khao soi Sathorn Street Food and Shop Houses

Awesome Thai Muslim food in Bangkok at Barakat Restaurant Chan 49

For me, there’s not too much in life that’s more comforting than good, home cooked Muslim Thai food so any time I have the opportunity to try somewhere new in Bangkok, I jump at the chance! My usual go to spot for Muslim-Thai cuisine is Muslim Restaurant on Charoen Krung in Bang Rak. That could be about to change now I’ve discovered Barakat Restaurant on Chan Road!

I came across Barakat while I was walking off a crispy pork feast I’d just devoured at Mr Joe (also on Chan Road). The thing that caught my eye was the massive posts of curry that were on display in the open kitchen. I asked the lady cooking what it was and she told me ‘kuay tieow gaeng’, or curry noodles. Now I had to come back and give it a go seeing the combination of noodles and curry does something to me that no other dish in Thailand seems to (regular readers of my blog will note my obsession with the Northern Thai curry noodle dish, Khao soi).

One of the massive pots of curry that was calling me!

After the kilo or so of pork I’d just consumed at Mr Joe Crispy Pork, I decided to come back another day and give Barakat Restaurant my full attention…and an empty stomach.

What we ordered.

There is a pretty lage menu at Barakat so I had to pick wisely. We ended up going for the kuay tieow gaeng nuea – curry noodles with stewed beef, the khao mok gai – Thai chicken biryani, gai tod – fried chicken and a separate plate of rice from khao mun gai that they sell there. I really wanted to try the murtabak – stuffed roti bread but they had sold out by the time we got there. Oh well, I guess that will be my excuse to go back!

So let’s take a look at the dishes:

Kuay Tieow Gaeng Neua – 50 baht

The beef curry with noodles was just as good as I’d hoped, the coconut based curry sauce was rich, creamy and well spiced. It was maybe a touch on the sweet side but the flavour was incredible. The chunks of beef in the sauce literally fell apart in my mouth and there was a nice texture to the soup coming from the addition of crunchy peanuts as well as crispy fried onions. There’s also half a boiled egg on top making this a very filling meal by itself. I, however, had more dishes to get through so I had to plough on. On my video review at the bottom of the page I describe it as ‘one of the best things I’ve eaten’…In hindsight, I may have got a little carried away with that statement but this is still a serious bowl of noodles!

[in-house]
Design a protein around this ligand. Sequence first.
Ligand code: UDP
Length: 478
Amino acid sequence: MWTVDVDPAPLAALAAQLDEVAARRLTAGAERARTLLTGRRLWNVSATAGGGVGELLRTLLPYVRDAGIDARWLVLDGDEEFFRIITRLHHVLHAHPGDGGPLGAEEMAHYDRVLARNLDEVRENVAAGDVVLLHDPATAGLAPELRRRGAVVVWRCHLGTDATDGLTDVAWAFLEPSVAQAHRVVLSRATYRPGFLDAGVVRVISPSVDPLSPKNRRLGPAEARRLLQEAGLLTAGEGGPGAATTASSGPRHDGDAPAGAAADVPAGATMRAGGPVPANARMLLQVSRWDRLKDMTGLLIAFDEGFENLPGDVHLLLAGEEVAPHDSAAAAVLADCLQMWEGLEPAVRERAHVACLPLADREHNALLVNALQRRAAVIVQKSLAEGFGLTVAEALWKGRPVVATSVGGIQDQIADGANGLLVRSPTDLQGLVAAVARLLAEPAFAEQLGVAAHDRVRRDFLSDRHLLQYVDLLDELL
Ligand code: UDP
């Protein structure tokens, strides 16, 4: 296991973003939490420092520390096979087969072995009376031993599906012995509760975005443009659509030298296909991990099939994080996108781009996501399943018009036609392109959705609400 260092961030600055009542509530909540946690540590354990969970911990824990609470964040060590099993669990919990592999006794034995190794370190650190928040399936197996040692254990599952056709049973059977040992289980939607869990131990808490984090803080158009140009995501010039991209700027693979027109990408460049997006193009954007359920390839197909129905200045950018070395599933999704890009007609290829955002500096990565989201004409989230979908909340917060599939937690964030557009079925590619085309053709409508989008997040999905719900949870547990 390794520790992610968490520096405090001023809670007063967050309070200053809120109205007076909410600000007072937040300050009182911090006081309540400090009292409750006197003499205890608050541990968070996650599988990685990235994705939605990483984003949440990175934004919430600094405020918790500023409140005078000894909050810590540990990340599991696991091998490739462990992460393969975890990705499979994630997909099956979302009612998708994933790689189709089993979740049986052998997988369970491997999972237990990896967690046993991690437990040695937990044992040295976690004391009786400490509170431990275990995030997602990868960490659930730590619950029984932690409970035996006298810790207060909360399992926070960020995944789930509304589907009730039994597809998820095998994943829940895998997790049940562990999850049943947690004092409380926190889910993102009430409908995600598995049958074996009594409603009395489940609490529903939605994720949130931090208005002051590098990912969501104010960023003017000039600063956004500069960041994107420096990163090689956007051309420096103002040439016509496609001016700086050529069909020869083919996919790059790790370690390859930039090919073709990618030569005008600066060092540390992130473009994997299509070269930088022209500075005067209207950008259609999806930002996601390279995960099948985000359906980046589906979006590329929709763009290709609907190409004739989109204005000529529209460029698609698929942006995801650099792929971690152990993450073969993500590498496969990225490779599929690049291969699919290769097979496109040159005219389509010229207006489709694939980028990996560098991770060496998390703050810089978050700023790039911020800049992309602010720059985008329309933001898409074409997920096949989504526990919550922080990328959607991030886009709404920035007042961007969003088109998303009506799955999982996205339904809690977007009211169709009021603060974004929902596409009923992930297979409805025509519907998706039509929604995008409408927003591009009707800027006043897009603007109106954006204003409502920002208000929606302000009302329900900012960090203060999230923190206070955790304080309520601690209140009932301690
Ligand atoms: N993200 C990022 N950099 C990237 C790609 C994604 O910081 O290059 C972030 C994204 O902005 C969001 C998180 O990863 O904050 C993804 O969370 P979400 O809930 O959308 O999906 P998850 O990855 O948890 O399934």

The beef noodles in curry was the star of the show.
Khao Mok Gai – 40 baht

Khao mok gai, or Thai biryani, is one of my go to dishes, especially when I’m travelling in the south of Thailand and I wasn’t going to leave Barakat without trying theirs. Khao mok gai is one of those dishes, like khao mun gai, in which you don’t really get a bad one until you get a really bad one. Thankfully, Barakat’s version is on point. The rice was perfectly cooked and really well seasoned, with a really strong flavour of cumin coming through. Often, the resounding flavour from a khao mok gai in Bangkok is cinnamon, so that made a nice change. The chicken thigh fell off the bone as expected (but not always delivered) and the mint sauce was perfect for my taste; sour, spicy and not too sweet. If something is going to let me down with a biryani in Thailand, it’s usually the sweet sauce being too sweet.

The khao mok gai is a must.
Gai Tod with rice – 50 baht

The fried chicken was a little hard to judge as it was the last thing we tried, meaning it was pretty cold by the time we got around to eating it. That being said, the batter was great; really crispy and reminiscent of the batter you would find on fish and chips back home, rather than a classic southern Thai fried chicken coating. The chicken itself was moist and tender and the mound of crispy shallots on top was delicious. I would order it again but maybe eat it first next time! I’m not a sweet chilli sauce fan so I ate my half with the mint and chilli sauce from the khao mok gai which went together well.

All about the crispy shallots.

My conclusion

All in all, Barakat Restaurant is a fantastic place to try Thai-Muslim halal food in Bangkok. The staff are really friendly, the food is delicious and it’s seriously good value. Our three dishes cost 160 baht (£3.70/$5.00) with two bottles of water. I would like to go back and try the murtabak before fully switching allegiances from Muslim Restaurant, Bang Rak but for the price, Barakat will be hard to beat.

You can check out the full video review on my YouTube channel below:

Where is Barakat?

Barakat – บารอกัต is located just inside Bangkok’s Sathorn district, about a 15 minute walk from Charoen Krung Road in Bangkok. There’s no sky train or MRT stop nearby so I would suggest taking a taxi or tuk tuk from Saphan Taksin BTS station. With food this cheap, the taxi kind of pays for itself! You can always combine your trip to Barakat with stops at Mr Joe Crispy Pork and Tuang Dim Sum which are two of my personal favourites and both within walking distance of the restaurant.

The restaurant is located on the corner of Chan Soi 49.

Here is a map with directions to the restaurant:

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